In Ephesians chapter 6, Paul tells us our struggle is “against the rulers, against the authorities, against the powers of this dark world and against the spiritual forces of evil in the heavenly realms.” (vs12) That’s Satan and his minions, and somewhere among those rulers, authorities, powers, and forces I expect is our sinful nature. As Paul lists an array of armor for our defense, (the armor of God), the one weapon he points out is the “sword of the Spirit, which is the word of God”. (vs17b)

That my friends is our weapon against pride. As I have shared with you previously I have made 2 Corinthians 10:5 my life verse, my maxim, my mantra. It is my weapon of choice to combat the evil I encounter every day. “We demolish arguments and every pretension that sets itself up against the knowledge of God, and we take captive every thought to make it obedient to Christ.” We don’t find “WWJD” written in the Bible – not in those exact words but 2 Corinthians 10:5 is about as close as I find; particularly those last ten words. “Take captive EVERY THOUGHT” and do what with the captive thought? “Make it OBEDIENT TO CHRIST” WWJD Pauline style.

Now obviously the scriptural verse that works for me may not be the same one that you lean on in that time of need. A few others I think of are Romans 12:2, “Do not conform any longer to the pattern of this world, but be transformed by the renewing of your mind…” or maybe Philippians 4:8, “Finally, brothers, whatever is true, whatever is noble, whatever is right, whatever is pure, whatever is lovely, whatever is admirable – if anything is excellent or praiseworthy – think about such things”. or Psalms 101:5, “Whoever slanders his neighbor in secret, him will I put to silence; whoever has haughty eyes and a proud heart, him will I not endure”. There are many more.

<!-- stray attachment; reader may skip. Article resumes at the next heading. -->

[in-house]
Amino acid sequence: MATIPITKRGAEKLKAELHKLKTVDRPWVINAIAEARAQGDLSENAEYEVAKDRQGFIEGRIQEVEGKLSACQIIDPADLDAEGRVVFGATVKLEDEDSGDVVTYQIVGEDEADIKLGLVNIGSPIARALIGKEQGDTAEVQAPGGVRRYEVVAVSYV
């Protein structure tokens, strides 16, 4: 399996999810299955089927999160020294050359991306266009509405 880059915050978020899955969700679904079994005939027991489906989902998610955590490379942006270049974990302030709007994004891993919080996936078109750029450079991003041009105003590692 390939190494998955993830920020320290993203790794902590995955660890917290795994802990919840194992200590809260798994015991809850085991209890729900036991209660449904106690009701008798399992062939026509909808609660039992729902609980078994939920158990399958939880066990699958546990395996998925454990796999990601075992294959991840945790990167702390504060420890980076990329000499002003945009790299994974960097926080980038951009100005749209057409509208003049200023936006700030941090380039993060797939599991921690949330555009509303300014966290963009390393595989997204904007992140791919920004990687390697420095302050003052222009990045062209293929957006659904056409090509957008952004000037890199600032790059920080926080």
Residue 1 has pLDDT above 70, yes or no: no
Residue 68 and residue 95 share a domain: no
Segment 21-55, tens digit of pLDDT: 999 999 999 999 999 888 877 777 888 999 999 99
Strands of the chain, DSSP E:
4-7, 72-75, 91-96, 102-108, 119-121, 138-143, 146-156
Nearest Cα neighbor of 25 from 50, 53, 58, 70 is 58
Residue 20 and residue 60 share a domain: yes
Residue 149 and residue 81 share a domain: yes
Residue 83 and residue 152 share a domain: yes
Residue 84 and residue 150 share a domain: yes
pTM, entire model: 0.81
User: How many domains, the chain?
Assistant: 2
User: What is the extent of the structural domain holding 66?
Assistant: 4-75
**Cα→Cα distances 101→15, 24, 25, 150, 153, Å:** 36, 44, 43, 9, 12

A few weeks ago I wrote about loving the unlovable and how as we do not love those we might consider unlovable, we then become the unlovable. Unholy pride makes us unlovable. I suppose I should state the obvious, that there is righteous pride that God honors. We can certainly be proud of friends and loved ones for hard won accomplishments. I believe we can feel proud of God using us as His tool to achieve something for His Kingdom as long as we acknowledge that it was by His will and His grace that we are used.

Let us all pray that God’s Holy Spirit will awaken us to our prideful inclinations, that we may turn away from those demonic and unloving propensities, and instead look for something positive in everyone we encounter whether they are near to us or far away.


  1. Anna Meehan says:

    Michael – this is “right” on! It was “quiet” today and I was able to this amazing article. It’s apparent that we are all “guilty” of pride. It’s “the” stronghold that threw Lucifer out of Heaven. Lord have mercy on us to “humble” ourselves to recognize it and ask for HELP!!!!!

    I’m praying for you. You didn’t feel good. Expecting that you’ll be feeling better soon!